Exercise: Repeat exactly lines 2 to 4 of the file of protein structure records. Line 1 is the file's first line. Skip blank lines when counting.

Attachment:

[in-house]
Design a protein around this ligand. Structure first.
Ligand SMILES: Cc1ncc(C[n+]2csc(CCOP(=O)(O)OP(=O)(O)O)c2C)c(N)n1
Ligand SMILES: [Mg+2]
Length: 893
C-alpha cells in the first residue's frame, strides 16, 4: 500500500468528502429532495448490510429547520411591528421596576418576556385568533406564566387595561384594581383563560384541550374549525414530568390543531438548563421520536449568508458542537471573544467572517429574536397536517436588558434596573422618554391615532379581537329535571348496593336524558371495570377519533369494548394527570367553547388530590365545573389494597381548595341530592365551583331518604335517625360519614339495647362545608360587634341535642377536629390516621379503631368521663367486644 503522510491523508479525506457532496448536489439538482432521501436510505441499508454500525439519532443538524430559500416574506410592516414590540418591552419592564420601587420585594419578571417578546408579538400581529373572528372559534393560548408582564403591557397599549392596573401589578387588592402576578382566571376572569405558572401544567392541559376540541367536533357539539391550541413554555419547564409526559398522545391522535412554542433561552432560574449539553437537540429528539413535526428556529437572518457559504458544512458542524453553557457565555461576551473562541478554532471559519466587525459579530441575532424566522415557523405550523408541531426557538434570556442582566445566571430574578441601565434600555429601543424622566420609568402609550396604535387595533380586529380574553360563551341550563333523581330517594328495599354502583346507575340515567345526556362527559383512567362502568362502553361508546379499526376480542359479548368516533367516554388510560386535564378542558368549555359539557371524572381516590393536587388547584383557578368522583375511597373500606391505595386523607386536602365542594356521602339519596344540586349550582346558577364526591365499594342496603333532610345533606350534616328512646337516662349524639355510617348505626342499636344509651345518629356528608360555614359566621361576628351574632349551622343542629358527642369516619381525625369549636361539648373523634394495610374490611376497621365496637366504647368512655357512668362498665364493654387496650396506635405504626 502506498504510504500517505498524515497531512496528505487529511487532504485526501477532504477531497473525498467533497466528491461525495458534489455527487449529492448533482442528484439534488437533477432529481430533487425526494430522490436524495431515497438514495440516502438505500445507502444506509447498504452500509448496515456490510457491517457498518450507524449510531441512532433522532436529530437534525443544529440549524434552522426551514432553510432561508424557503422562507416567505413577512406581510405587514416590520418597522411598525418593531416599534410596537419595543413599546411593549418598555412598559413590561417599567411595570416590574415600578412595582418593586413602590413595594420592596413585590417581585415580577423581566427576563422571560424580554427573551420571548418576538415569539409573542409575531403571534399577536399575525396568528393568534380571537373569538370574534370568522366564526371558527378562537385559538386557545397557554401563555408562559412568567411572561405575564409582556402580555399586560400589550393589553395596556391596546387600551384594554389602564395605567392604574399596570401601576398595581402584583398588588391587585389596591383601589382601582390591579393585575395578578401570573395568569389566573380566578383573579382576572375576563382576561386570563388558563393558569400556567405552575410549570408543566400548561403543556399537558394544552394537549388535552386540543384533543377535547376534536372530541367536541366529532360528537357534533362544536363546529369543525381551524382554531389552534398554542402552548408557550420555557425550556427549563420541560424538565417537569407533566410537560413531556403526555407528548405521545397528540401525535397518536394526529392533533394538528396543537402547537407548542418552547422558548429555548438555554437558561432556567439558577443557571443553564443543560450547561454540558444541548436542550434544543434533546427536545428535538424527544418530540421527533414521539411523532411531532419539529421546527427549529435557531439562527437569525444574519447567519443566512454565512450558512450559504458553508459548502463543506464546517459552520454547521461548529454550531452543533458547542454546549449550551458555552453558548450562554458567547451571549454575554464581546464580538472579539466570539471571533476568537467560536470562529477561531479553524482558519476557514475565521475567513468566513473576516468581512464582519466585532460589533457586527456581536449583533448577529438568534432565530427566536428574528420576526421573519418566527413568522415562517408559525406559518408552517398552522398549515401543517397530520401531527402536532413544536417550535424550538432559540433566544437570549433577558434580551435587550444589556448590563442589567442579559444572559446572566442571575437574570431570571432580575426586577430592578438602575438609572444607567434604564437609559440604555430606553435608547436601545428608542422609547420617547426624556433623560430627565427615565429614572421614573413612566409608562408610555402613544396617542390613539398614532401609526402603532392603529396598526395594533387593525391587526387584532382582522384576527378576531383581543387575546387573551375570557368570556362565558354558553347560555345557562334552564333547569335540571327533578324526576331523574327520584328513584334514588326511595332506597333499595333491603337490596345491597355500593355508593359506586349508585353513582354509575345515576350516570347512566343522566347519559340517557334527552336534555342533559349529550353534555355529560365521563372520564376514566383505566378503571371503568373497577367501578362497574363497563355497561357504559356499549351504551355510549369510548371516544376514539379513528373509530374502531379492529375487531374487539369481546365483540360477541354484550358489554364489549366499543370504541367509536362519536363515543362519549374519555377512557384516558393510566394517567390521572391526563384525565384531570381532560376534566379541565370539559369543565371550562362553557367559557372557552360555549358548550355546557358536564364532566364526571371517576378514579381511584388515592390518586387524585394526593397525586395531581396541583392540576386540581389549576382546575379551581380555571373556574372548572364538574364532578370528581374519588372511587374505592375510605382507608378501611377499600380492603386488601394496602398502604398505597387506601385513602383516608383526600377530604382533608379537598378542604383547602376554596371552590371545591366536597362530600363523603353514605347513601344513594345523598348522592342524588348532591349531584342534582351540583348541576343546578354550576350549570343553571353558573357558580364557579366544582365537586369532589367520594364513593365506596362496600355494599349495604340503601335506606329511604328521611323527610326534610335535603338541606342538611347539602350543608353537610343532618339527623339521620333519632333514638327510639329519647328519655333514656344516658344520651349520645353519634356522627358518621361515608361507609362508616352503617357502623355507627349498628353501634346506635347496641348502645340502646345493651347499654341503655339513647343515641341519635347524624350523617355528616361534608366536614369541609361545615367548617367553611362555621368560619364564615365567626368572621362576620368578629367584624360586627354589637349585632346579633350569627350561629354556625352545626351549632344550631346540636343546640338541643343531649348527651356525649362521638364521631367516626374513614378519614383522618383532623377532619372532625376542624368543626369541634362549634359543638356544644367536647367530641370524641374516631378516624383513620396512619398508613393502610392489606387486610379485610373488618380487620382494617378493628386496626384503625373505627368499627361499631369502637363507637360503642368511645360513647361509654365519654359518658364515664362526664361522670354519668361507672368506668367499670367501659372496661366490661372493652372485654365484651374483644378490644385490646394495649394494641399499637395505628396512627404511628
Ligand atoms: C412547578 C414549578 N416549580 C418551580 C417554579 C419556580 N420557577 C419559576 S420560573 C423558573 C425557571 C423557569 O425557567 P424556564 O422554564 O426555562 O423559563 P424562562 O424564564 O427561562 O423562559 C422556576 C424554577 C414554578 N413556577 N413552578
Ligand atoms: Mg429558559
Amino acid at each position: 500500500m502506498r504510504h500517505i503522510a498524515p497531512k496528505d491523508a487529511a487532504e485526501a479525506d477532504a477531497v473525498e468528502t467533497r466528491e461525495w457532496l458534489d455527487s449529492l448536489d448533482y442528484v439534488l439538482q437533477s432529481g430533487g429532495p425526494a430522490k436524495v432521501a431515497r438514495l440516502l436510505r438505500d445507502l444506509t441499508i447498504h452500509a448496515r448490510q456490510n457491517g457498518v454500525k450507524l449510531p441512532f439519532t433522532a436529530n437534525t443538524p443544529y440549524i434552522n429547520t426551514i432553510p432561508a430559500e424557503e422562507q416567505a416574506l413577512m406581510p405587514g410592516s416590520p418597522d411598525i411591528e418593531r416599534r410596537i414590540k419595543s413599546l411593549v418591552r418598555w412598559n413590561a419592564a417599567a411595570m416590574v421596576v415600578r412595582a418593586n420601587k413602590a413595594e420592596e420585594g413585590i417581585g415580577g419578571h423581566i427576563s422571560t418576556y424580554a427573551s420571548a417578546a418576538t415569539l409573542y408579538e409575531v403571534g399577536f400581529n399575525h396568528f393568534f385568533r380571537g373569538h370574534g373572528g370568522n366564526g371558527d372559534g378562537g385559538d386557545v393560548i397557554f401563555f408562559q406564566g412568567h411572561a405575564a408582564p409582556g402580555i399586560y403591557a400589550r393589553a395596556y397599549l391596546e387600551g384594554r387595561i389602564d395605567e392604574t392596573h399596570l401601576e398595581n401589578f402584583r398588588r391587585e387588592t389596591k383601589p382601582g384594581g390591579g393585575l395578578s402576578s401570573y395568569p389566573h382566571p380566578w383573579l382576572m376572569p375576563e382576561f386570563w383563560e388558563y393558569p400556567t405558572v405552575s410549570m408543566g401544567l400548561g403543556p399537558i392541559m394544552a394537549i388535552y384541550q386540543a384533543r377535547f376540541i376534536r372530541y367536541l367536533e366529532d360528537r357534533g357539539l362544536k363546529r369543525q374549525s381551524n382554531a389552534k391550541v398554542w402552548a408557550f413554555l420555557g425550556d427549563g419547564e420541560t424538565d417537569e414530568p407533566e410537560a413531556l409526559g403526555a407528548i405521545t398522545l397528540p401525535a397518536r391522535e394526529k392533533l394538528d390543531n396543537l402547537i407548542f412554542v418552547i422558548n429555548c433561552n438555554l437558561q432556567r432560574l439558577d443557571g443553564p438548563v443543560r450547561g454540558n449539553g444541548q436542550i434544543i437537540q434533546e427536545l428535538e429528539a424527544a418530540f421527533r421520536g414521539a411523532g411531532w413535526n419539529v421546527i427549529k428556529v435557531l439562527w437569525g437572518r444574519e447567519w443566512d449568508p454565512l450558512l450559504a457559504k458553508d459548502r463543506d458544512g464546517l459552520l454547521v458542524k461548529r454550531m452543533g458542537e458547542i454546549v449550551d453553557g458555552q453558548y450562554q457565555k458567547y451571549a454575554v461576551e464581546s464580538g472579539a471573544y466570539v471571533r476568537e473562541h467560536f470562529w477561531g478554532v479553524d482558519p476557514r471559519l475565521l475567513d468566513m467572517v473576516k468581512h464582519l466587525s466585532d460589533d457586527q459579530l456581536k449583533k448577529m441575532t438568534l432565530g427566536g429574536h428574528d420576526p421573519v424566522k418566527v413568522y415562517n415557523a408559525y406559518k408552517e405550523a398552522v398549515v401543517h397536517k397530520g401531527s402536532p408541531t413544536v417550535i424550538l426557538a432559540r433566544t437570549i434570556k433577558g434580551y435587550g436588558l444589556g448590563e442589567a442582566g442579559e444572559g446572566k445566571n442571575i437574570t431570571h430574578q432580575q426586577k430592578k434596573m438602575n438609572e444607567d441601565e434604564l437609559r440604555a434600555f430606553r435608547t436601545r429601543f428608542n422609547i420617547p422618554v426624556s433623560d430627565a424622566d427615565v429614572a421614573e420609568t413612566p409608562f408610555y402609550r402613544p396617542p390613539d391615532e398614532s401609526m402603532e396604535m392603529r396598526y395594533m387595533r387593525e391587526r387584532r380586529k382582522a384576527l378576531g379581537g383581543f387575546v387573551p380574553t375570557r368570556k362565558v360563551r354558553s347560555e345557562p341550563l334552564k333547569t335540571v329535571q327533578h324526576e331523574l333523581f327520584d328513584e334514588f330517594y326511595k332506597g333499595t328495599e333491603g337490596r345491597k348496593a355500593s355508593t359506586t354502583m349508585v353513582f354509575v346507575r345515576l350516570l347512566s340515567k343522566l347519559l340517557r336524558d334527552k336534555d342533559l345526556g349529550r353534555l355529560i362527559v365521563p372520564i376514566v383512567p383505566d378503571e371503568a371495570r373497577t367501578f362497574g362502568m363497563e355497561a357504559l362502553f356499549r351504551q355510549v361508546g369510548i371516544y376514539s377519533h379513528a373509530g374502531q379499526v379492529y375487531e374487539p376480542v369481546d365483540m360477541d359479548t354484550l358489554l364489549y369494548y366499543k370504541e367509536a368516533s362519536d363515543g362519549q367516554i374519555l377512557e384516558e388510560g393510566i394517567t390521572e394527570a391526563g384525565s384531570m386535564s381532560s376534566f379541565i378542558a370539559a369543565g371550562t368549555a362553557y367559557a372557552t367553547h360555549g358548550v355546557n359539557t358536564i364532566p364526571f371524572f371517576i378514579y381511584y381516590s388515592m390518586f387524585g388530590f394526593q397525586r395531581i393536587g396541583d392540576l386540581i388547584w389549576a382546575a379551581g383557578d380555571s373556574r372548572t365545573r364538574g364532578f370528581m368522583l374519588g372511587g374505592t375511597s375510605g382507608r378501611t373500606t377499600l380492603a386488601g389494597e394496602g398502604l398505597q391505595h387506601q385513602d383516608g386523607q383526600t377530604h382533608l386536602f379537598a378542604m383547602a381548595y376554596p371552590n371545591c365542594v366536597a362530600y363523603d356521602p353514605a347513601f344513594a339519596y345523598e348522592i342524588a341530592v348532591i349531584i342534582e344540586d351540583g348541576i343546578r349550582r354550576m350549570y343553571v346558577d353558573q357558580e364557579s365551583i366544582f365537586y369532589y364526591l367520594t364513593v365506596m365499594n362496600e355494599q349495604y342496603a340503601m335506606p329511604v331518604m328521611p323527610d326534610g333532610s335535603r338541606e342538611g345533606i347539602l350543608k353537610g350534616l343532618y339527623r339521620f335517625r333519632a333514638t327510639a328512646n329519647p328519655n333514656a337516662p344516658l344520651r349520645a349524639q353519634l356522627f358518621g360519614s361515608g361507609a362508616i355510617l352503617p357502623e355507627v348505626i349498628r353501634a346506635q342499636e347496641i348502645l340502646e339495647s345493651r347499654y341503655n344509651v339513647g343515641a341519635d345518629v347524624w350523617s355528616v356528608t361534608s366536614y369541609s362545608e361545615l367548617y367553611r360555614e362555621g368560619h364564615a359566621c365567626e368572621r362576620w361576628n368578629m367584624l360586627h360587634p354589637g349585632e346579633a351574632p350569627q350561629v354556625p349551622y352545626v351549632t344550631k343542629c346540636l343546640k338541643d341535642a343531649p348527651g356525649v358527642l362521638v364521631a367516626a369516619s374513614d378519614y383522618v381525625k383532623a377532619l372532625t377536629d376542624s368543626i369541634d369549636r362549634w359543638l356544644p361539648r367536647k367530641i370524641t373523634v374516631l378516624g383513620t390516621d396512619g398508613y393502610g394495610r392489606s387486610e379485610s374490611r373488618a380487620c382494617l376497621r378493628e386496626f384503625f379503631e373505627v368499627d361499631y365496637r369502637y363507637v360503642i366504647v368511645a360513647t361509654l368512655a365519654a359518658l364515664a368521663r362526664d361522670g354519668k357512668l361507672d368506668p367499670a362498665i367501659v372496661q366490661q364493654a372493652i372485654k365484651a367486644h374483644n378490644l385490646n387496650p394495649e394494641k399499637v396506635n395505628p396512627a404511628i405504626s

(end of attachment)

Design a protein around this ligand. Structure first.
Ligand SMILES: Cc1ncc(C[n+]2csc(CCOP(=O)(O)OP(=O)(O)O)c2C)c(N)n1
Ligand SMILES: [Mg+2]